April is National Autism Awareness Month, which means that for an entire month, cashiers at the grocery store ask me if I want to donate to Autism Speaks. Typically, my response is a “nope” and an internal stinkface.
Autism Speaks is America’s largest autism advocacy organization. According to their mission statement, they want to raise awareness about autism spectrum disorder, more commonly referred to as autism. They also want to ensure that autistic individuals and their families have a higher quality of life. It sounds like a good plan, except that Autism Speaks does almost everything wrong.
One autistic person, who preferred to remain anonymous, said about the organization:
“According to Autism Speaks I am a burden to my family and society. In addition, by excluding the views of actual autistic people, it, ironically, doesn’t allow me to speak out about my own experience.
Autism has brought a lot of difficulty to my life, but also a lot of good things, and I don’t want that to be forgotten in the terror and stigma surrounding the diagnosis. Shoving autistic voices aside is a HUGE problem in many organizations, professions, and academic fields that primarily work with autistic people, but the fact that Autism Speaks is so prolific makes it especially problematic.”
In terms of money, Autism Speaks give very little to the people they say they help. Charity Navigator rates the organization 1 out of 4 stars financially.
According to their 2012 financial statement, Autism Speaks’ total expenses for the year added up to just over $64 million.
The largest percentage went to salaries, and the next largest amount was spent on science grants and awards for autism research. Meanwhile, only a little more than $2 million was spent on “family services and awards.”
In fact, there is a petition for the IRS to investigate Autism Speaks regarding its status as a non-profit organization because of their finances.
Not only does Autism Speaks give very little to autistic people, but they also exclude autistic voices, which is extremely problematic. Looking at Autism Speaks’ Board of Directors and Leadership, it’s difficult to tell if any of the people in these important positions actually are on the autism spectrum themselves. In fact, most of them are “parents of children with autism,” which seems pretty dubious to me. I don’t doubt that as family members of autistic individuals, they are affected. However, their experiences are entirely different from the experiences of autistic people themselves, and it shows in their attitudes toward autism.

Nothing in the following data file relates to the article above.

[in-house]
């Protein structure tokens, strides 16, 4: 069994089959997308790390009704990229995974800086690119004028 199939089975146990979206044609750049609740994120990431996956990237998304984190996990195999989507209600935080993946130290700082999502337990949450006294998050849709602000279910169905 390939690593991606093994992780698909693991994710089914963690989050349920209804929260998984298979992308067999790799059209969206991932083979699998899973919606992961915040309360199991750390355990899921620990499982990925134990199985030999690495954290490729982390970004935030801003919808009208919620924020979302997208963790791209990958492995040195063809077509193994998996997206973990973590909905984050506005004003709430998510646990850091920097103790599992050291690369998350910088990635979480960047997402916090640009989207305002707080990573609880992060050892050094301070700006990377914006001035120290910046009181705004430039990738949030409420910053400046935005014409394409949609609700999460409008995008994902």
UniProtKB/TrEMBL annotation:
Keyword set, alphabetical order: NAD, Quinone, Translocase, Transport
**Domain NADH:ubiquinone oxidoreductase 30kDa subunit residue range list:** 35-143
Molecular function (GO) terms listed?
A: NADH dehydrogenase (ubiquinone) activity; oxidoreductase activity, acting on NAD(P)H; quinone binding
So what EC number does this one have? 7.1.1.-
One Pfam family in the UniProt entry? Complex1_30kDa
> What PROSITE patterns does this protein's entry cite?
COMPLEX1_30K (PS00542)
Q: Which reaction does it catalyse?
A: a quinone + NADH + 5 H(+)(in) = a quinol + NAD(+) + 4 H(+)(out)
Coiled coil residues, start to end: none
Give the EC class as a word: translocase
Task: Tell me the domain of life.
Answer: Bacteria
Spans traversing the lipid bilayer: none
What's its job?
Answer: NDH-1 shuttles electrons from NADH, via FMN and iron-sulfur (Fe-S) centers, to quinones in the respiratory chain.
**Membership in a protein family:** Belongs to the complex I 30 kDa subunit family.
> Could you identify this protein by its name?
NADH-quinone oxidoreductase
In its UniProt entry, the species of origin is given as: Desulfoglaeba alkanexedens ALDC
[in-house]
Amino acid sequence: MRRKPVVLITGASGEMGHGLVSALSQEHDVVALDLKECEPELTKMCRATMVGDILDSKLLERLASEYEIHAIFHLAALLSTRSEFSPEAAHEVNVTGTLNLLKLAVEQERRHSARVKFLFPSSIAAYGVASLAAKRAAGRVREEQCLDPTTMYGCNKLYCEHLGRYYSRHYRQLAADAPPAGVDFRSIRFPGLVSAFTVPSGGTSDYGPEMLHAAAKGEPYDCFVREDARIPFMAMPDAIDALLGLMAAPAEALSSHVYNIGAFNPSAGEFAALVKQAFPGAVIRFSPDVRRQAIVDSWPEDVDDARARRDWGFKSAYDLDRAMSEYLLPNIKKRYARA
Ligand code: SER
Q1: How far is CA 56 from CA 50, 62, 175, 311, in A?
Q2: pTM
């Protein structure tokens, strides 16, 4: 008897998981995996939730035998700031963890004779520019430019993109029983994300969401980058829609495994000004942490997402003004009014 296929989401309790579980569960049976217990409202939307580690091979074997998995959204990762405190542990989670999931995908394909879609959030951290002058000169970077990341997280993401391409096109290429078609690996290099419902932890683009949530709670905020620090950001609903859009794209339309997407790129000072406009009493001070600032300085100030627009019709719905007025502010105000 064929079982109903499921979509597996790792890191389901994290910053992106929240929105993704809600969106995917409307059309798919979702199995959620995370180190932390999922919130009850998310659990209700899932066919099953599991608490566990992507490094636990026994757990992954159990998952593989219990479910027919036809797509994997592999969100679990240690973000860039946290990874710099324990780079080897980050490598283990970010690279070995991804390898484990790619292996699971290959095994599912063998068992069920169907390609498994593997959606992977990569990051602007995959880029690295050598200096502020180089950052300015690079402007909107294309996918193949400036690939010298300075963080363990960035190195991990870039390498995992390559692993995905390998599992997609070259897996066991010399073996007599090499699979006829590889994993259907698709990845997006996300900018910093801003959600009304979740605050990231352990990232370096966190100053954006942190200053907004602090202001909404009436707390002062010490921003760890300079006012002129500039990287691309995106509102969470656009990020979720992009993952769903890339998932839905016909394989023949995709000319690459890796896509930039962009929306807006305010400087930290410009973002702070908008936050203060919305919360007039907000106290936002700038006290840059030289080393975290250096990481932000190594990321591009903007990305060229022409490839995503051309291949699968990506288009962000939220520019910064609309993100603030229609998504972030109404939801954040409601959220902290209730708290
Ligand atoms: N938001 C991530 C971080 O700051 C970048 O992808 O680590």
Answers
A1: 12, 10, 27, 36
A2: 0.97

They essentially describe autism as something akin to the plague, or at best, a “crisis.” In 2009, Autism Speaks released and then quickly removed a video titled “I Am Autism.” In it, the voice-over said,
“I am Autism… I work very quickly. I work faster than pediatric aids, cancer, and diabetes combined. And if you’re happily married, I will make sure that your marriage fails. Your money will fall into my hands, and I will bankrupt you for my own self-gain… You have no cure for me. Your scientists don’t have the resources, and I relish their desperation.”
What kind of “advocates” describe the people they’re supposed to help as the causes of failed marriages and bankruptcy?
Not to mention, Autism Speak fails to acknowledge that autism is not simply one disorder but a wide range that is referred to as autism spectrum disorder (ASD). According to the National Institute of Mental Health,
“The term “spectrum” refers to the wide range of symptoms, skills, and levels of impairment or disability that children with ASD can have. Some children are mildly impaired by their symptoms, while others are severely disabled.”
Autism Speaks says roughly the same thing on their own website, but they still act like autism is simply one disease that is inherently bad. As an organization, some of their activities are helpful, such as funding research. Research is key to understanding autism and helping autistic people. For example, research has helped to find medications that, while they cannot cure autism, can help abate symptoms like an inability to focus or seizures.
However, Autism Speaks’ emphasis on finding a cure and their constant fear-mongering make it seem as though future generations need to be “saved” from autism, instead of actually allowing autistic people’s voices to be heard.
If you are interested in helping an autism advocacy group that actually has autistic voices, please check out: